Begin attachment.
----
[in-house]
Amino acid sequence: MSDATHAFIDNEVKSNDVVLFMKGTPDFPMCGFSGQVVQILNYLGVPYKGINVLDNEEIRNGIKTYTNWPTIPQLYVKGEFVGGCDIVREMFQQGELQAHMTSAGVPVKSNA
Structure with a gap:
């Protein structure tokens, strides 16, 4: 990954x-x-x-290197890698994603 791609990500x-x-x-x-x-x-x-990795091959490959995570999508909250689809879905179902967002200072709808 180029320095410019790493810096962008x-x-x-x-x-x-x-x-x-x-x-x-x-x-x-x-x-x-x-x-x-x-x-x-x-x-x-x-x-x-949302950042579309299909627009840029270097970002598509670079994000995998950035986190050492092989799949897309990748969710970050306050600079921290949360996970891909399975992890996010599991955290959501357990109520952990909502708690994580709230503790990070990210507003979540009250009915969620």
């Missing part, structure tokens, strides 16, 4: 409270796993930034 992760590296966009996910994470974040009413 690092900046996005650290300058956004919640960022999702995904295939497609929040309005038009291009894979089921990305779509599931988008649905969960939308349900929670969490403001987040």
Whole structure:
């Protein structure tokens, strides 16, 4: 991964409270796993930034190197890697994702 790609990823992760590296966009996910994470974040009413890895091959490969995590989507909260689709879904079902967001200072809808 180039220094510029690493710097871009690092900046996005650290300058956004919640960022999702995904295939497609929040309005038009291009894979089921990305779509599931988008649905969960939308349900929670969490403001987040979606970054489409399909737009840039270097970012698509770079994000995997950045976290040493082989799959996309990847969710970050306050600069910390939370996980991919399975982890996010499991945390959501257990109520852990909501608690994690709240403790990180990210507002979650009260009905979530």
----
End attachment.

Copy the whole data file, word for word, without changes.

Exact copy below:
[in-house]
Amino acid sequence: MSDATHAFIDNEVKSNDVVLFMKGTPDFPMCGFSGQVVQILNYLGVPYKGINVLDNEEIRNGIKTYTNWPTIPQLYVKGEFVGGCDIVREMFQQGELQAHMTSAGVPVKSNA
Structure with a gap:
């Protein structure tokens, strides 16, 4: 990954x-x-x-290197890698994603 791609990500x-x-x-x-x-x-x-990795091959490959995570999508909250689809879905179902967002200072709808 180029320095410019790493810096962008x-x-x-x-x-x-x-x-x-x-x-x-x-x-x-x-x-x-x-x-x-x-x-x-x-x-x-x-x-x-949302950042579309299909627009840029270097970002598509670079994000995998950035986190050492092989799949897309990748969710970050306050600079921290949360996970891909399975992890996010599991955290959501357990109520952990909502708690994580709230503790990070990210507003979540009250009915969620």
């Missing part, structure tokens, strides 16, 4: 409270796993930034 992760590296966009996910994470974040009413 690092900046996005650290300058956004919640960022999702995904295939497609929040309005038009291009894979089921990305779509599931988008649905969960939308349900929670969490403001987040």
Whole structure:
């Protein structure tokens, strides 16, 4: 991964409270796993930034190197890697994702 790609990823992760590296966009996910994470974040009413890895091959490969995590989507909260689709879904079902967001200072809808 180039220094510029690493710097871009690092900046996005650290300058956004919640960022999702995904295939497609929040309005038009291009894979089921990305779509599931988008649905969960939308349900929670969490403001987040979606970054489409399909737009840039270097970012698509770079994000995997950045976290040493082989799959996309990847969710970050306050600069910390939370996980991919399975982890996010499991945390959501257990109520852990909501608690994690709240403790990180990210507002979650009260009905979530």